Little Women is one of the best loved books of all time. Lovely Meg, talented Jo, frail Beth, spoiled Amy: these are hard lessons of poverty and of growing up in New England during the Civil War. Through their dreams, plays, pranks, letters, illnesses, and courtships, women of all ages have become a part of this remarkable family and have felt the deep sadness when Meg leaves the circle of sisters to be married at the end of Part I. Part II, chronicles Meg's joys and mishaps as a young wife and mother, Jo's struggle to become a writer, Beth's tragedy, and Amy's artistic pursuits and unexpected romance. Based on Louise May Alcott's childhood, this lively portrait of nineteenth-century family life possesses a lasting vitality that has endeared it to generations of readers.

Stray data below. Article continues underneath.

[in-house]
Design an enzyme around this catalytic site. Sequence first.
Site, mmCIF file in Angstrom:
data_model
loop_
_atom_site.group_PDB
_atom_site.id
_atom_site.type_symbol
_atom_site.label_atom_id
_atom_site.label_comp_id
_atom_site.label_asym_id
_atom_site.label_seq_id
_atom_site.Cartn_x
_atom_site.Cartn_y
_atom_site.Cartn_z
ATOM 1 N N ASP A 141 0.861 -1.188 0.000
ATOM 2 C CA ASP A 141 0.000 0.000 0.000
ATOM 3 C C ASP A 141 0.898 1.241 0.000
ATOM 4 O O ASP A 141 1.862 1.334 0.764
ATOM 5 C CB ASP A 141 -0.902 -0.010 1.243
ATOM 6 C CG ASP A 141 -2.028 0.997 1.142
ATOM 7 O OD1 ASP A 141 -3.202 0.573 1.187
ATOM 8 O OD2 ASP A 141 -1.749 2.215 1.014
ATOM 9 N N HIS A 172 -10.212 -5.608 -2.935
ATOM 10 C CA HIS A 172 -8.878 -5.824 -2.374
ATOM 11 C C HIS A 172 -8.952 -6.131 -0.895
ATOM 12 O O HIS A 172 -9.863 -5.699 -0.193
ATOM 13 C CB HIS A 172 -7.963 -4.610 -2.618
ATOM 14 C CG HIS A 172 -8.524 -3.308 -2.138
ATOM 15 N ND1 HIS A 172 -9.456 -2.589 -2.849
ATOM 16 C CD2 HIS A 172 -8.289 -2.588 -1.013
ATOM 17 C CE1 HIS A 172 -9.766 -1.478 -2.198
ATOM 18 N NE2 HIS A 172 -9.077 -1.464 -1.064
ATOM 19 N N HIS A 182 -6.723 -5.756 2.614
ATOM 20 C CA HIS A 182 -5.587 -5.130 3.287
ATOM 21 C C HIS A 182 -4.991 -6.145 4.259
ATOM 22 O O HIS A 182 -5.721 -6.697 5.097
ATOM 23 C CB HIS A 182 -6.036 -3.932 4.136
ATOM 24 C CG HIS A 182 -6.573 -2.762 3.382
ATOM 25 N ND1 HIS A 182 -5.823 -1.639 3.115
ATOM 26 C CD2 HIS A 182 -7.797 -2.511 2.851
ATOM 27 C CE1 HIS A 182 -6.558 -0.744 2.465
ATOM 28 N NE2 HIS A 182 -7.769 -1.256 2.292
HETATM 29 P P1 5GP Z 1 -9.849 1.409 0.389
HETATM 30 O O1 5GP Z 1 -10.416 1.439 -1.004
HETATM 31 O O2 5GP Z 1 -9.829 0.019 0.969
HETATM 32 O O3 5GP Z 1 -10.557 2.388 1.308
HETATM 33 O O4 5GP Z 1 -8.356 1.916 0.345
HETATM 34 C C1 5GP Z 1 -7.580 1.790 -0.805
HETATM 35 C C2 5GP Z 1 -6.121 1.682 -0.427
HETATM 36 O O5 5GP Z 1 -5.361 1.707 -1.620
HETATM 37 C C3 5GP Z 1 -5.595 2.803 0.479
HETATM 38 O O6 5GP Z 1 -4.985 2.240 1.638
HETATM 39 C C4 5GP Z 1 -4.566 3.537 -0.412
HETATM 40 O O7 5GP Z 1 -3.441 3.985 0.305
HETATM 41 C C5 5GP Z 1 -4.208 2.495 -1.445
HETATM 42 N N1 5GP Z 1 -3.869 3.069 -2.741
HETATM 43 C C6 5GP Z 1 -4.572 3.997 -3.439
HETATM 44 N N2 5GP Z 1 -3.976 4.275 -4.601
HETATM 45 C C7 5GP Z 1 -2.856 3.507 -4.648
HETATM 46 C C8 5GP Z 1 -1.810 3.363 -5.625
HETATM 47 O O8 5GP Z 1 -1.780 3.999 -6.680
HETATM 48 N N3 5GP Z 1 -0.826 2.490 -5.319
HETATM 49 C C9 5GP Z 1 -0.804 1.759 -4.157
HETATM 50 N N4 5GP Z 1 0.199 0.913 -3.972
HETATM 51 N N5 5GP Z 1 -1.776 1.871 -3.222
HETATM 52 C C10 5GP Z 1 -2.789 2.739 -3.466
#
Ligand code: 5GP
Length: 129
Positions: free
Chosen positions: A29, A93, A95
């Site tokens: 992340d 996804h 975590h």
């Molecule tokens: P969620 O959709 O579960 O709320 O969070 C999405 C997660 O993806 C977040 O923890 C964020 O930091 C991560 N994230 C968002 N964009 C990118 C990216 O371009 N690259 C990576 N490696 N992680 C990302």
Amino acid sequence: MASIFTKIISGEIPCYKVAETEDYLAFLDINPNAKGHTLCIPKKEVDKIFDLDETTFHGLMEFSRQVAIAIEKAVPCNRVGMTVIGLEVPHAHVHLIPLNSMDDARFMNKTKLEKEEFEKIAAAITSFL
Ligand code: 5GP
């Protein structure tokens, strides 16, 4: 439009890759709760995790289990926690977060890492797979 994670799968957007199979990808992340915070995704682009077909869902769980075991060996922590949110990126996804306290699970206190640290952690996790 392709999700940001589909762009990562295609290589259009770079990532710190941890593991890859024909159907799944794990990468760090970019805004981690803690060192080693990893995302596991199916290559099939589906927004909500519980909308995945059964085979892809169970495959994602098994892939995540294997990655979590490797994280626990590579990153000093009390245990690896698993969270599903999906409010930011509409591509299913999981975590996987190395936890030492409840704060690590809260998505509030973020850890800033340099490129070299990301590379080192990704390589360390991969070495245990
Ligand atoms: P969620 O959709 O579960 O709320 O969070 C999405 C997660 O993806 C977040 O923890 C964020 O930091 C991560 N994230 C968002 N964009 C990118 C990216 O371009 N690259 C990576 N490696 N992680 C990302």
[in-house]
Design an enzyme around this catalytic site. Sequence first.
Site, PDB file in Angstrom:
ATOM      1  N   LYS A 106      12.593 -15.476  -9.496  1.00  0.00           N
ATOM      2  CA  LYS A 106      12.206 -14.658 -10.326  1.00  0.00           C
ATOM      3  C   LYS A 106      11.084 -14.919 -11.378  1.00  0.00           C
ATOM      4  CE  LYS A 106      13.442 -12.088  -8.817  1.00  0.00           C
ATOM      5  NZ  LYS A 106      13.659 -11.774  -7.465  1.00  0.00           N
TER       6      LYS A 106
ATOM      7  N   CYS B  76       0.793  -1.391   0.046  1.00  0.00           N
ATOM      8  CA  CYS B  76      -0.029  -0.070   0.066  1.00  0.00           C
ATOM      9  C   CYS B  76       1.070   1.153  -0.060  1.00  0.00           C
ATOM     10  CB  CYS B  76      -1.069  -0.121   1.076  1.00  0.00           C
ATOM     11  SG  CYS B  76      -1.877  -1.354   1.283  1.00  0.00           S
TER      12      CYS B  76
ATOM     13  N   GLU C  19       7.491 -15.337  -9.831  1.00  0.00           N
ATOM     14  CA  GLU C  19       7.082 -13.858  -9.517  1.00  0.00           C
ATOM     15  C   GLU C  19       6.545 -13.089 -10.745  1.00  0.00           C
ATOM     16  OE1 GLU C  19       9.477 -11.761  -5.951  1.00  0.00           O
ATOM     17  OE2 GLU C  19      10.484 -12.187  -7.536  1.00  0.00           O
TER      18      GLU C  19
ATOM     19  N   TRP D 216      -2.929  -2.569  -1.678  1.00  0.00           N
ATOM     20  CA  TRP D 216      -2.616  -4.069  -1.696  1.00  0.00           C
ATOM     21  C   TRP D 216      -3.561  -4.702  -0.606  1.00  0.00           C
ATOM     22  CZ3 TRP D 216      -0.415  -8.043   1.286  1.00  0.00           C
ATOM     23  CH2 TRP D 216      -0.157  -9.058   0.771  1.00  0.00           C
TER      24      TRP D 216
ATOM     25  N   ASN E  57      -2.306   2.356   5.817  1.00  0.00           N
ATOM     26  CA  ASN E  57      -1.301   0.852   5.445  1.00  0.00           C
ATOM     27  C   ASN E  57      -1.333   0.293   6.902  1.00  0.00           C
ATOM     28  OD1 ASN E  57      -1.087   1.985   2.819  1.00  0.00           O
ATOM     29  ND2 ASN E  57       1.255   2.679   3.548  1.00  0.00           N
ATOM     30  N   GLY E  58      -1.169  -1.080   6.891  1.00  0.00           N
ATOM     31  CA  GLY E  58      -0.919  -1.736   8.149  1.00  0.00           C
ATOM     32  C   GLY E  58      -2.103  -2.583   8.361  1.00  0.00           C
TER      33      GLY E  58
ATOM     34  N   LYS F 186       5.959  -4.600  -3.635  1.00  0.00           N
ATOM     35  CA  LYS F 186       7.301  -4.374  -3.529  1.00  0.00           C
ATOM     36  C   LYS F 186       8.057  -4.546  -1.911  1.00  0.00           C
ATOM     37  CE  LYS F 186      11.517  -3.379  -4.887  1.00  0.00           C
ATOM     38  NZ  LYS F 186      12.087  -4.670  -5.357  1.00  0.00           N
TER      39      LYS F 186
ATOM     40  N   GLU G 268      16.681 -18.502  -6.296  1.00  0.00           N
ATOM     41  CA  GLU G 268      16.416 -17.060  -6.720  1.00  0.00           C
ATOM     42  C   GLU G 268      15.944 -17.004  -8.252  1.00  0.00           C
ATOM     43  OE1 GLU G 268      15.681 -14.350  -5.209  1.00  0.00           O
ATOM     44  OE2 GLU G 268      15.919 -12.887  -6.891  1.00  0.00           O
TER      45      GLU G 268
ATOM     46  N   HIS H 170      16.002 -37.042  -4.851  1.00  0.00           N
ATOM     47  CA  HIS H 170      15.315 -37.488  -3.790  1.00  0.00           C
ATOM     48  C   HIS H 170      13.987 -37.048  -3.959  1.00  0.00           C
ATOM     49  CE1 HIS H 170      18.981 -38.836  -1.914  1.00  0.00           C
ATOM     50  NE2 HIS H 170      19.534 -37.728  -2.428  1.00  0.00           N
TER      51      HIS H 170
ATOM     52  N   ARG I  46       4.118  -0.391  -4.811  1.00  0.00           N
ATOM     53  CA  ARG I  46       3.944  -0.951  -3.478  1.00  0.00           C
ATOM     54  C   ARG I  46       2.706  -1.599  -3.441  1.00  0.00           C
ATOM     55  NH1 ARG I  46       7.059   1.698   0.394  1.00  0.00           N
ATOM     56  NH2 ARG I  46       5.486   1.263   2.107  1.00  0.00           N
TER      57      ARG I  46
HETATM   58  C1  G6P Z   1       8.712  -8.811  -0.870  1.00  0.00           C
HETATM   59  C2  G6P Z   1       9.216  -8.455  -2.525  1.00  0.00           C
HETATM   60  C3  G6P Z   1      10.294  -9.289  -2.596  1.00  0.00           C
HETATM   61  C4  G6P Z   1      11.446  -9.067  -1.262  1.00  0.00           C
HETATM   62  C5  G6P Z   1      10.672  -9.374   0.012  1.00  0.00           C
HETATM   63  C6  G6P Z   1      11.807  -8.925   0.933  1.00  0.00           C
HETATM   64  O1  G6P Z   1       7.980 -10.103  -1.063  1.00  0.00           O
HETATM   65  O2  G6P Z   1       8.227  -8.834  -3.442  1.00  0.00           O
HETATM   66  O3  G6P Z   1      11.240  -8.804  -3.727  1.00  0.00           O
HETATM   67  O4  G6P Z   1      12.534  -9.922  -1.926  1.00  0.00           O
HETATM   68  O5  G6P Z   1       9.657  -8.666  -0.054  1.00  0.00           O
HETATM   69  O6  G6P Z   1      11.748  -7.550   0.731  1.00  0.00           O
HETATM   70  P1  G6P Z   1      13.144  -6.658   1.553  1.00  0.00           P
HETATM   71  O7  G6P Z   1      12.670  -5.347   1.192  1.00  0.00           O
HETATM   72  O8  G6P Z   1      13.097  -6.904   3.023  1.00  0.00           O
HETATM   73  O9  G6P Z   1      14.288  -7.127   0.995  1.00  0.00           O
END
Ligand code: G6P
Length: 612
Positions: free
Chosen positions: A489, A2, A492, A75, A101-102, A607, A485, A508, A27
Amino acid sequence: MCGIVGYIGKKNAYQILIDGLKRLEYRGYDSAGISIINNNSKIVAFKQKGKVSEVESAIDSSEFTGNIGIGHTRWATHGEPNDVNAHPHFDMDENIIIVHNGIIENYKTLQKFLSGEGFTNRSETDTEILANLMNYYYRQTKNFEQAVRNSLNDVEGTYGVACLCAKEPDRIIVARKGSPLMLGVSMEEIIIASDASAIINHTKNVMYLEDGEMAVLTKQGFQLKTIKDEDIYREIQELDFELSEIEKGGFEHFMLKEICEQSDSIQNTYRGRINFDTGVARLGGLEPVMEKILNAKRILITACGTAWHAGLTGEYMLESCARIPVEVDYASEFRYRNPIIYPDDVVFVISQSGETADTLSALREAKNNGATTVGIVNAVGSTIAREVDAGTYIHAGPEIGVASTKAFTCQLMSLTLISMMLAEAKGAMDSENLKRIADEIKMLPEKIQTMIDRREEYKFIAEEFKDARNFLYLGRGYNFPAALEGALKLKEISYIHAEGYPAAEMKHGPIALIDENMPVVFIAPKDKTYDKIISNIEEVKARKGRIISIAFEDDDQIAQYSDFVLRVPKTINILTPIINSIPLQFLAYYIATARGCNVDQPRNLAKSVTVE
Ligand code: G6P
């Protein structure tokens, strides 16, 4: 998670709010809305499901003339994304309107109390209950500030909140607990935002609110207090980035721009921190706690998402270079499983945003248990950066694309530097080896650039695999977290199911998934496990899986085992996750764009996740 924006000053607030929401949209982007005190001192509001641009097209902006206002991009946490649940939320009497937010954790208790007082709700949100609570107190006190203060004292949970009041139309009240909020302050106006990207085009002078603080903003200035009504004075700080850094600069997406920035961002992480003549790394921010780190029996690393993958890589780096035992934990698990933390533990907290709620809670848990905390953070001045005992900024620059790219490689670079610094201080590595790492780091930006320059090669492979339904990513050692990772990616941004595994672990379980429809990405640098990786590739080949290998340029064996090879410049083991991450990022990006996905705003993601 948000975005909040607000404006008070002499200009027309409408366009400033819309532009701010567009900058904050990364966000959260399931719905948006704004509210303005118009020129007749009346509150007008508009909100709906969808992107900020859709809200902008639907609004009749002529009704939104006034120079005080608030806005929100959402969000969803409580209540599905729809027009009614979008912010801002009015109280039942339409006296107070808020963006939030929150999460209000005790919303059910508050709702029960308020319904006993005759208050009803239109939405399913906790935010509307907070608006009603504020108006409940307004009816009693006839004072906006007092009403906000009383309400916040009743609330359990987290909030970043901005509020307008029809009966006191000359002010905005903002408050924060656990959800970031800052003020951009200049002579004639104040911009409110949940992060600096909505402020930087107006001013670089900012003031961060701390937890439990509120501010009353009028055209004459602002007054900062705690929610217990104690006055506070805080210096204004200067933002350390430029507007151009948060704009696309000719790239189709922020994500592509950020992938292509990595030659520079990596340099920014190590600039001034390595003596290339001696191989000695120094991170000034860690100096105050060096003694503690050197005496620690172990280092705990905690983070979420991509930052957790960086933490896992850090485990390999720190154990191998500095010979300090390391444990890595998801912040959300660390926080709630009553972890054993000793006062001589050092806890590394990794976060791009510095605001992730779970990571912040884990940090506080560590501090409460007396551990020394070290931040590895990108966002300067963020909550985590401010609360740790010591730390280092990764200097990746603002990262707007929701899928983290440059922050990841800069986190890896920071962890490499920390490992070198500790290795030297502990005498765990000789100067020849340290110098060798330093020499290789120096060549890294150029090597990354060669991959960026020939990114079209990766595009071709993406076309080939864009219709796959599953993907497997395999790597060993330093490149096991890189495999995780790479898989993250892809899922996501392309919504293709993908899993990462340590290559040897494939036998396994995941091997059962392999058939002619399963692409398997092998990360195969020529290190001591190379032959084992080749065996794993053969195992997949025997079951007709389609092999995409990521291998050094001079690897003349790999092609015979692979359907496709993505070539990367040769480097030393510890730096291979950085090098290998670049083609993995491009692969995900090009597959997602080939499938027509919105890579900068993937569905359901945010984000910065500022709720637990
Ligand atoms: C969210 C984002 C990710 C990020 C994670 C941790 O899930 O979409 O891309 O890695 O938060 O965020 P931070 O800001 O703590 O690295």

About the Author
American novelist Louisa May Alcott is best known for her classic coming-of-age novel Little Women, and its sequels Little Men and Jo s Boys. The daughter of noted transcendentalist and educator Amos Bronson Alcott and Abigail May Alcott, Alcott was an active abolitionist and feminist, and the first woman registered to vote in Concord, Massachusetts. Schooled mainly by her father, Alcott and her three sisters also received lessons from such notables as Henry David Thoreau, Ralph Waldo Emerson, Nathaniel Hawthorne, and Margaret Fuller. Alcott penned her first book, Flower Fables, for Emerson s daughter, Ellen. Before gaining critical success for her children s fiction, Alcott wrote several passionate adult novels using the pen name A. M. Barnard, including A Long Fatal Love Chase and Punishment. Alcott s literary career spanned more than 40 years, and she wrote more than 30 books before her death in 1888.
"The American female myth."—Madelon Bedell